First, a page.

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  • Anything is ok. Mobile or desktop app. I am ok in spending time in developing my own, I have experience in python programming. But before jumping onto that I was looking for what is already there. Specifically for piano, it is ok if this doesnt work when many other instruments are playing, but should have sufficient accuracy (>95%) when piano solo is played. – iankit Feb 11 '14 at 7:32

Ableton Live has a feature built in called "Harmony-to-MIDI" where it analyzes an audio track (could be piano, guitar, whole song.. anything) and it outputs a MIDI sequence replicating the chords played in the piece. It even chooses the closest sounding synth patch to match the source. Also available is Melody-to-MIDI and Rhythm-to-MIDI. I'm not much of a keyboardist so I can't vouch for 100% accuracy, but it usually sounds pretty good to me.

It might not be worth buying the software for this alone, but if you are into recording and producing music Ableton is definitely worth a look. You can try to software free for 30 days I believe.

Edit: I just tried a program called Transcribe! and it is very useful for transcribing recorded material. You can load your mp3s and it will analyze the frequencies and tell you which notes are represented over time. Works for piano, guitar, voice.. anything with a pitch. It won't automatically transcribe all the notes, but it will plot out which notes are likely being played, then use your ears figure out which ones are correct.

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A new app released today might be a sultion. http://audiokit.io/ I dont have iOS device to check the accuracy though. Will borrow one.

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Honestly, I'm gonna give you the sell-out answer.

The best way to determine what notes and chords are being played is with your own ear.

I'm sorry, but with all due respect to other responders, it's extremely difficult for any software program to detect chords, specifically. For basic triads, some of the best software can do the job, but so much of chord naming depends on context. And isolating a fundamental frequency is no cakewalk, either.

For example, for simple note naming, how would a computer know that a note with the frequency of 440 Hz is a B♭♭ in a C diminished 7th chord? The best computers currently can do is just give the most common enharmonic spellings for notes, but that creates tons of confusion. Never mind the fact that even single notes can be extremely difficult to pick out of a song, and they tend to blend with their harmonics. getting around that, though, at least is possible if you can just hook up your note-naming software directly to the interface of a keyboard.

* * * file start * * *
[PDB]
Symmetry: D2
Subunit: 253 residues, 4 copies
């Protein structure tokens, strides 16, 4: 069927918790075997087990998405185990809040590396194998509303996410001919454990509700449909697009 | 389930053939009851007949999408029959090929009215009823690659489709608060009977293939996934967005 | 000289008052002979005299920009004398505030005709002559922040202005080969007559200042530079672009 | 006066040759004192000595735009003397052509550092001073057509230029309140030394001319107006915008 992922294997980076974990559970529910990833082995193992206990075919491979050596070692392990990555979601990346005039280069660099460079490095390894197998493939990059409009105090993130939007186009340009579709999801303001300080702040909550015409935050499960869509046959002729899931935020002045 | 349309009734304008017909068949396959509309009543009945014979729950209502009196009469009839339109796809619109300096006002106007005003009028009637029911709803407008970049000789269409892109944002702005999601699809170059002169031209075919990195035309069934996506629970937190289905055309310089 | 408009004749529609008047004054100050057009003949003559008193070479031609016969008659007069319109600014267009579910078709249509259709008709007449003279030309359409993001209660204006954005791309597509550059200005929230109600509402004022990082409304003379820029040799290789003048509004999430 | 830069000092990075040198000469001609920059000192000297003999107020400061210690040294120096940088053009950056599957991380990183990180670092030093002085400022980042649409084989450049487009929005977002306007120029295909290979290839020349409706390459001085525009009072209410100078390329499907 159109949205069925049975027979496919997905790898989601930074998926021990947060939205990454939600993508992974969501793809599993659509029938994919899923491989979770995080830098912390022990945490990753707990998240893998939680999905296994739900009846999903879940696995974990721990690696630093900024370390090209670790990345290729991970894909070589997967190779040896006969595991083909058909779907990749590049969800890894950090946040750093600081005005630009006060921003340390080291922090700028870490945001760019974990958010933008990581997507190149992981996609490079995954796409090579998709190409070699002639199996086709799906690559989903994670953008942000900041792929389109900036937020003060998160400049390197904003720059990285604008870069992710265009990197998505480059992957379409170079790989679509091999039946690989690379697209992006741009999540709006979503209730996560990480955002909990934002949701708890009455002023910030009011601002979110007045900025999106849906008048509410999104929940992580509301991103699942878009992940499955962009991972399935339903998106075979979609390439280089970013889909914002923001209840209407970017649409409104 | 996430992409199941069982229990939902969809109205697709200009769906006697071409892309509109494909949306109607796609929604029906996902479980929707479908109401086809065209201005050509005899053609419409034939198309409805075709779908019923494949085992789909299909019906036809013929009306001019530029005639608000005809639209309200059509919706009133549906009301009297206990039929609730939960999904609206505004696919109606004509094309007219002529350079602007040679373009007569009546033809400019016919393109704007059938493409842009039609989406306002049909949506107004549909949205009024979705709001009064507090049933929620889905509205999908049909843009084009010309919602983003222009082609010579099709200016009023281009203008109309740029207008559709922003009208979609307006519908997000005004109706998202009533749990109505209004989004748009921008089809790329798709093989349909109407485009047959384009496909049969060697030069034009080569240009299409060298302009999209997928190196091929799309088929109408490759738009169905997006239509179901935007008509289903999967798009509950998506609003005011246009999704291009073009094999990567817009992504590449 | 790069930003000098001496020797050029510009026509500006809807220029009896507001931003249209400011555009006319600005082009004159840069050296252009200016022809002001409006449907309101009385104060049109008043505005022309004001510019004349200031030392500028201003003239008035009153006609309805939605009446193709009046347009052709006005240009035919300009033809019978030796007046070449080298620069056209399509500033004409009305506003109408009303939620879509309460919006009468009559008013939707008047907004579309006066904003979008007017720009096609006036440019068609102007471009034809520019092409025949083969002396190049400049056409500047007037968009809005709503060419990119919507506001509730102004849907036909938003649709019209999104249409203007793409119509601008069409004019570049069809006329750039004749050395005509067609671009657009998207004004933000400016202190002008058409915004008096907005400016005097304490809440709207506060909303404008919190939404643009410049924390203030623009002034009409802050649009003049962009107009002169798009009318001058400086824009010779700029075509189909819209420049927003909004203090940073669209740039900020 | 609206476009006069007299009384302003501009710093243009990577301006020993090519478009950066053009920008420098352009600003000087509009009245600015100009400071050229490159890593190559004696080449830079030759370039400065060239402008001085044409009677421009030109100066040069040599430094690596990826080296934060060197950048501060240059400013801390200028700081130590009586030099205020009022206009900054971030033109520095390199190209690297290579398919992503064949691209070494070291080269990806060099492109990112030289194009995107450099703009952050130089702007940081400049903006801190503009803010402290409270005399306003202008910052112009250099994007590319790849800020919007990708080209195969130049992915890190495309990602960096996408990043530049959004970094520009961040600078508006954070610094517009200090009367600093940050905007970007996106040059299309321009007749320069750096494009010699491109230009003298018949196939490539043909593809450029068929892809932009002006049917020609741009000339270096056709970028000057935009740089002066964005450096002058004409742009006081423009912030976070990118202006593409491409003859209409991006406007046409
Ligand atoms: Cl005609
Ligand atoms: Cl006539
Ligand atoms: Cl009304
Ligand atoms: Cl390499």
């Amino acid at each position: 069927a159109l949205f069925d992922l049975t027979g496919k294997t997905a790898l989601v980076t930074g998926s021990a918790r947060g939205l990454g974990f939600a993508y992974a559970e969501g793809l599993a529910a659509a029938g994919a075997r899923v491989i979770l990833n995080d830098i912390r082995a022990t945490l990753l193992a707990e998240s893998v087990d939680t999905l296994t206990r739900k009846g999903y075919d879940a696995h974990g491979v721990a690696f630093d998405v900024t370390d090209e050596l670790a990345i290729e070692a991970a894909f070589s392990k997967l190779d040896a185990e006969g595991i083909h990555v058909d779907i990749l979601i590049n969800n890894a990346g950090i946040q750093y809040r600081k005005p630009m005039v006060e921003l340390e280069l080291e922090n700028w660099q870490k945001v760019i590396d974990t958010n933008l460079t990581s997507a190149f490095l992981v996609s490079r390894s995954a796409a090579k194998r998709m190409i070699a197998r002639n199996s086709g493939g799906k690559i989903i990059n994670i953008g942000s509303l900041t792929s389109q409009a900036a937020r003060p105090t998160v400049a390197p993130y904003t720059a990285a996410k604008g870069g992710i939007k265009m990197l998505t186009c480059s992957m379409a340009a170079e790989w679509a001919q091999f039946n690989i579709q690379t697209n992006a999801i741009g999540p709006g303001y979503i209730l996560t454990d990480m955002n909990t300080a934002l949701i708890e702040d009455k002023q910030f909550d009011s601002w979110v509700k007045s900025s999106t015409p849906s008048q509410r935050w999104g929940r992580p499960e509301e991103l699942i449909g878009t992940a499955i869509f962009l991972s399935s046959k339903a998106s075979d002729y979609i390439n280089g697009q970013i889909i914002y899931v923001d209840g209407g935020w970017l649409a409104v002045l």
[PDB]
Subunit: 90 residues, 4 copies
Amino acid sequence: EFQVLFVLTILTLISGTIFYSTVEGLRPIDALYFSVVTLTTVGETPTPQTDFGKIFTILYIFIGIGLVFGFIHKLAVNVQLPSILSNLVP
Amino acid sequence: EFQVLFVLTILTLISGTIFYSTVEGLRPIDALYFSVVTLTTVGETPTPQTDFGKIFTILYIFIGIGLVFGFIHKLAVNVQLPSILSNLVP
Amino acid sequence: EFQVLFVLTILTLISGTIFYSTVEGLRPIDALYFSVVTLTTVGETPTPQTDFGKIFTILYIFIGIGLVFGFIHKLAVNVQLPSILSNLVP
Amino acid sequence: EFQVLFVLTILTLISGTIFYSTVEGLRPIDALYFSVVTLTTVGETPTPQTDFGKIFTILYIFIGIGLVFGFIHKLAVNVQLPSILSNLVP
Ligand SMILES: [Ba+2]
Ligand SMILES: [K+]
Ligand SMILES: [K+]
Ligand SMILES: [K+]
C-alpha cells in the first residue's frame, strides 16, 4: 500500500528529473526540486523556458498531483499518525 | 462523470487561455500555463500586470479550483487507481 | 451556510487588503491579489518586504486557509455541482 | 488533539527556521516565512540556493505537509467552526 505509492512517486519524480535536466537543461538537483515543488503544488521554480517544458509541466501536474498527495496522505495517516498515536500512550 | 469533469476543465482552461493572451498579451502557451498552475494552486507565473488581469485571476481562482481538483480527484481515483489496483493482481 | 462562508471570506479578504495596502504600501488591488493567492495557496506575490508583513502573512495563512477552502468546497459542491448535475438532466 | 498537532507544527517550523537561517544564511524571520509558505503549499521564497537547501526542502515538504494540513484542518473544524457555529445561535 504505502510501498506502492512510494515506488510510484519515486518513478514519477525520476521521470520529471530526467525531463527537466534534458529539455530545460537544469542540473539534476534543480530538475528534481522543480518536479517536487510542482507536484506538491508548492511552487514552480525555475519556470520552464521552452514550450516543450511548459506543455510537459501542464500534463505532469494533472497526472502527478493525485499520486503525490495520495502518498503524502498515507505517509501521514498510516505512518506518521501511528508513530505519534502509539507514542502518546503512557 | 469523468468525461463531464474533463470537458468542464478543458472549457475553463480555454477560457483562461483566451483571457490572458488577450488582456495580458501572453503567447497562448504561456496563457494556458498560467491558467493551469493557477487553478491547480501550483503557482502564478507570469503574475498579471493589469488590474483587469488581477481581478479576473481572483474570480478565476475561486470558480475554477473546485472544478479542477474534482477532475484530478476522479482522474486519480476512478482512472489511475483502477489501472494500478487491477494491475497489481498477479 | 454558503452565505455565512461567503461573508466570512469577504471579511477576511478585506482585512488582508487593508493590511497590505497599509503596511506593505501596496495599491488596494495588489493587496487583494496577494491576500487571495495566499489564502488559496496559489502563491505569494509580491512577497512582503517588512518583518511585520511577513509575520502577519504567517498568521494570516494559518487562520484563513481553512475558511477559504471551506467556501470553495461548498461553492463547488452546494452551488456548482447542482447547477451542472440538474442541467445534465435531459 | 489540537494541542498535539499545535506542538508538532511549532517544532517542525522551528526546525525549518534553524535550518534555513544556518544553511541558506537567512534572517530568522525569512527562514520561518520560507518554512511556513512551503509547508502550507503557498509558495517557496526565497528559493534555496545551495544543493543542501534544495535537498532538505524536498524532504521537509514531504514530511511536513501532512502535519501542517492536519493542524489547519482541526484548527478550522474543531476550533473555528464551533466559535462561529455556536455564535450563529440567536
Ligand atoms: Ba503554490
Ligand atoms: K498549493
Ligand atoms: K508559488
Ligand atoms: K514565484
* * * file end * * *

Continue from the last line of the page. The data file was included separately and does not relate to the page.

Some other concerns bother me as well. How is a computer to determine where one chord stops and ends? When I play a C major triad, then play the note B, is that Cmaj7 or just a passing tone? Maybe it's even part of the G major chord that follows?

How can a computer handle the rootless voicings? Is that C♯ diminished 7th or A7♭9? Is E-F-A-B the basis of G13, or maybe an enharmonic respelling for D♭7♯9♭13, an altered chord?

The best way I can conceive of, until AI can just perform musical analysis faster than we can, is to learn a lot of music theory, build up your aural skills, and name them yourself, because no software on the market today can get the job done more accurately than a human.

There's a reason Music's SE is so successful. We need humans to answer most of the good questions on this site, because context determines so much of musical analysis.

Others have suggested slowing down the recording. That's a novel idea, and whenever I transcribe from audio I make use of any way I can to slow down the notes. I cannot understate how effective that is.

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You can try Voice To MIDI Android application by BialaMusic BialaMusic, supporting live audio input from Piano and Guitar. Poliphony is supported as selectable option

Not sure of any other Sound2MIDI application

since sound is recorded to file first , than converted to MIDI, I am looking for live Sound2MIDI, Piano2MIDI transcriber, giving live MIDI stream as output